“In our opinion, a landscape-gardener knows but a part of his profession, who is not conversant with the numerous families of American and other trees which will thrive in the open air in Britain. Mere picturesque improvement is not enough in these enlightened times: it is necessary to understand that there is such a character of art as the gardenesque, as well as the picturesque. The very term gardenesque, perhaps, will startle some readers; but we are convinced, nevertheless, that it is a term which will soon find a place in the language of rural art. Landscape-gardening, it will be allowed, is, to a certain extent, an art of imitation. Now, an imitative art is not one which produces fac similes of the things to be imitated; but one which produces imitations, or resemblances, according to the manner of that art. Thus, sculpture does not attempt colour, nor painting to raise surfaces in relief; and neither attempt to deceive. In the like manner, the imitator, in a park or pleasure-ground, of a landscape composed of ground, wood, and water, does not produce fac similes of the grounds, wood, and water, which he sees around him on every side; but, of ground, wood and water, arranged in imitation of nature, according to the principles of his particular art. The character of this art has varied from the earliest times to the present day; but profoundly examined, the principle which guided the artist remains the same; and the successive fashions that have prevailed will be found to confirm our views of the subject, viz., that all imitations of nature worthy of being characterized as belonging to the fine arts art not fac-simile imitations, but imitations of manner. To apply this principle to the planting of trees in park or pleasure-ground scenery nature, in any given locality, makes use of a certain number of trees found indigenous there; but the garden imitator of natural woods introduces either other forms and dispositions of the same kinds of trees, as in the geometric style; or the same disposition of other species of trees, as in the most improved practice of the modern style. In neither case does the artist produce a correct fac simile of nature; for, if he did, however beautiful the scene copied, the beauty produced would be merely that of repetition. But we have neither room nor time at present fully to illustrate this theory. Let it suffice for us to state, for the consideration of those of our readers who have reflected on the subject, that there is as certainly, in gardening, as an art of imitation, the gardenesque, as there is, in painting and sculpture, the picturesque and sculpturesque.”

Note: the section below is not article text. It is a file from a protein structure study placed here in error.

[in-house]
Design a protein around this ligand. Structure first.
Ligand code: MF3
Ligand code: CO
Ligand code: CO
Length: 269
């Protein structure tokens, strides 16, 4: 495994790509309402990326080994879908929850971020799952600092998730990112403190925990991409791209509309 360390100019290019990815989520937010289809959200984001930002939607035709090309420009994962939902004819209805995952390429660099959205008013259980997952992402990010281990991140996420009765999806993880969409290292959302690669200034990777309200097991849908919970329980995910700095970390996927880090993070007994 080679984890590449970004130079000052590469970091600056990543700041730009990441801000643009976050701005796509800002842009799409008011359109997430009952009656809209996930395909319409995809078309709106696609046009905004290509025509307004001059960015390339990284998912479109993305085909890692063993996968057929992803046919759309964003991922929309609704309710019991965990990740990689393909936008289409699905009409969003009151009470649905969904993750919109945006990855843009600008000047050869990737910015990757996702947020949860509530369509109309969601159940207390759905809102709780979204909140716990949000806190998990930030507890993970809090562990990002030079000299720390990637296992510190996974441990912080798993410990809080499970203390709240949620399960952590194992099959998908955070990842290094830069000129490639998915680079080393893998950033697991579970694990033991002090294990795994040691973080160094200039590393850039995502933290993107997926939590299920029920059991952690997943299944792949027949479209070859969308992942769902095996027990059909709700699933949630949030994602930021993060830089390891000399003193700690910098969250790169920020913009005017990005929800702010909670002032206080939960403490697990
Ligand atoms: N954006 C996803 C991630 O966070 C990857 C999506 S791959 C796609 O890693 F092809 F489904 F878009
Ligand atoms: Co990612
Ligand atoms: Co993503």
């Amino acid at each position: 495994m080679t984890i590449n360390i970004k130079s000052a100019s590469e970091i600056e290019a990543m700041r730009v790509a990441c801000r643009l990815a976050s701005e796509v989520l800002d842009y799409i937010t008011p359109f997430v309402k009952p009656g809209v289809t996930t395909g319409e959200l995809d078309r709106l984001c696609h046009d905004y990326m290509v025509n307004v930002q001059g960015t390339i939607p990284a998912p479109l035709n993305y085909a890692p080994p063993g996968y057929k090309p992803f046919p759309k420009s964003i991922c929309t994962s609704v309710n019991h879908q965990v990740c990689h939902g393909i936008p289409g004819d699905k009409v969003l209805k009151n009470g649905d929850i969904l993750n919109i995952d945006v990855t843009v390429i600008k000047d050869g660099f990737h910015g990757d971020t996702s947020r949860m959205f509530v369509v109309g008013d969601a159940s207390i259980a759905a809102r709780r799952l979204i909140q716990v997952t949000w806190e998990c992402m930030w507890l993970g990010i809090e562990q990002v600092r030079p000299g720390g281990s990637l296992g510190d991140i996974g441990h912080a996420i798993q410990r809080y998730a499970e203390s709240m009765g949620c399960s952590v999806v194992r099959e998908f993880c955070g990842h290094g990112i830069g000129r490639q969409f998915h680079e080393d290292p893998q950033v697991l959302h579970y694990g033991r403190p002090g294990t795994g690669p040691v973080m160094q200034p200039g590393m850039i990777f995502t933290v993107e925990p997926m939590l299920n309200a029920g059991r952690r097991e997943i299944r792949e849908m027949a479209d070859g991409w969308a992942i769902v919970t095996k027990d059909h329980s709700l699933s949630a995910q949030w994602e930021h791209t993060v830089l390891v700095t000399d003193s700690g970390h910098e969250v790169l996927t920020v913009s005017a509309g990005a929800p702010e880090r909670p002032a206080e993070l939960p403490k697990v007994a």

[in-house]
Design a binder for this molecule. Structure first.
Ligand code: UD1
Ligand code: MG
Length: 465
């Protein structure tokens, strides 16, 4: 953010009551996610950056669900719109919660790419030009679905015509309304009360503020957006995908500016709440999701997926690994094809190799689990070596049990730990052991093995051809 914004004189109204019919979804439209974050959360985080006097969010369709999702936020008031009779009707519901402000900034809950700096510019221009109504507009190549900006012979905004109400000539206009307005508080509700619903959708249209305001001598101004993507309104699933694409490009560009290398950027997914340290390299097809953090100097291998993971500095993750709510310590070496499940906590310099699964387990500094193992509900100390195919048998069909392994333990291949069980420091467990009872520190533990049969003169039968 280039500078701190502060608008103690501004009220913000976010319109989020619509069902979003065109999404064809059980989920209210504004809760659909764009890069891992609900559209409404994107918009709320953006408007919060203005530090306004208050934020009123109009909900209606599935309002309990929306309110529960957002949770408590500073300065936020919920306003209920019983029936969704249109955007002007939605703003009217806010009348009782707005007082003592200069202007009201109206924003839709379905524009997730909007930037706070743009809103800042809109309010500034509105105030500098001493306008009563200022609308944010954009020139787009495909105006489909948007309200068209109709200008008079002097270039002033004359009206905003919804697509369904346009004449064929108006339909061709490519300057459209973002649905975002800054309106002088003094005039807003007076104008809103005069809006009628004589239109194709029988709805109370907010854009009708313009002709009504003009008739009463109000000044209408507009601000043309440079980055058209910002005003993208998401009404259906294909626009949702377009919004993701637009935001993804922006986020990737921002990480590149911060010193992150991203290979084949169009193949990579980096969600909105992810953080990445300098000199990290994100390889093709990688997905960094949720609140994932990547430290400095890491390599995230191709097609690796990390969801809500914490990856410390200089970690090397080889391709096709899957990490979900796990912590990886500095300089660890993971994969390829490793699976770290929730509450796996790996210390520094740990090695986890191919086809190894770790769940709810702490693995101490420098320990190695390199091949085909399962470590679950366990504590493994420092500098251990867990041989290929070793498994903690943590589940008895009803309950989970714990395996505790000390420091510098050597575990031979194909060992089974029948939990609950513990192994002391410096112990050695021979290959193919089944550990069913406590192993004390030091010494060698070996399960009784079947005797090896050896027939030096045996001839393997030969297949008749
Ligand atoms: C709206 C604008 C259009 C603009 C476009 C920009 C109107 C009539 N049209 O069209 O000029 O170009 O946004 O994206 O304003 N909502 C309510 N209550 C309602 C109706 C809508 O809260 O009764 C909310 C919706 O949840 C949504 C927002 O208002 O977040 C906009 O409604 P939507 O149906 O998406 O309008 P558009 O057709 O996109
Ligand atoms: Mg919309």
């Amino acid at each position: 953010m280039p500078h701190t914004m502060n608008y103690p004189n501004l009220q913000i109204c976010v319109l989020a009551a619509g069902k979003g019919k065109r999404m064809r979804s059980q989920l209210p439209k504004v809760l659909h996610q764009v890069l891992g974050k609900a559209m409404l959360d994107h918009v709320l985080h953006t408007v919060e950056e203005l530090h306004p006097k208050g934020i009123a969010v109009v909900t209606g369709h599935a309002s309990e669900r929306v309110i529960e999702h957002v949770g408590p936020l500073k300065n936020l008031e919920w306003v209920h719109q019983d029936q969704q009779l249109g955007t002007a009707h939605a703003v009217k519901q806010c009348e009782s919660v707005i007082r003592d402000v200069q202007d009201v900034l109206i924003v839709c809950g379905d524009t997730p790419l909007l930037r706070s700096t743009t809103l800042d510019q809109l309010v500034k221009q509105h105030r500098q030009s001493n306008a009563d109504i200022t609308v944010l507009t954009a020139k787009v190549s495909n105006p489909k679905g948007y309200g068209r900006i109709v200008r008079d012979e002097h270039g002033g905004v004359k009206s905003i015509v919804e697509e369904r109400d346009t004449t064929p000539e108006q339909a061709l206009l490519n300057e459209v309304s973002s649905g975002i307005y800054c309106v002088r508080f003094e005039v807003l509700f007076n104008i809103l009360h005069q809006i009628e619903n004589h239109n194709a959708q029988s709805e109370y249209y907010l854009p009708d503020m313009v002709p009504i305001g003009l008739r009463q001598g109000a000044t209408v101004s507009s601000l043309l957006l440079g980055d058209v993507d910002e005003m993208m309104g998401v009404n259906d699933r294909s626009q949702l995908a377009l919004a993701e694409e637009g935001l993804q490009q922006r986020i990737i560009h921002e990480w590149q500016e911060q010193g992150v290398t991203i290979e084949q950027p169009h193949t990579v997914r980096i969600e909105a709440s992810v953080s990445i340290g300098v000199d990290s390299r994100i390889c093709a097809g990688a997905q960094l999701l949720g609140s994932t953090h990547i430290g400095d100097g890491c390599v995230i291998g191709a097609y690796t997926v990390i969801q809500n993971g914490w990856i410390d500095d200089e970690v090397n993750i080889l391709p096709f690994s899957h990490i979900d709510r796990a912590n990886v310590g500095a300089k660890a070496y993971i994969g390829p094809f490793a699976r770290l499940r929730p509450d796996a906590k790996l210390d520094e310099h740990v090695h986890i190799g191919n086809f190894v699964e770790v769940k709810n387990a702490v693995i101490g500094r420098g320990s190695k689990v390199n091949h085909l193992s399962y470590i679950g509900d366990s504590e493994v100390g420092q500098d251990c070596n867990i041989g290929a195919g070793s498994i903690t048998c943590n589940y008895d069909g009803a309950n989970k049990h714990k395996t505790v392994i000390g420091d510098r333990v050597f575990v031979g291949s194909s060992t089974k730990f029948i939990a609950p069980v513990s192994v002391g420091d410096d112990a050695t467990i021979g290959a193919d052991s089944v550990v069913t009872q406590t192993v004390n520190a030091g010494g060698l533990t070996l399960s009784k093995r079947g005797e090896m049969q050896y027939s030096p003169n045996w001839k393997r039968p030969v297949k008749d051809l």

• Loudon, J. C., 1834, An Encyclopaedia of Gardening (p. 1167)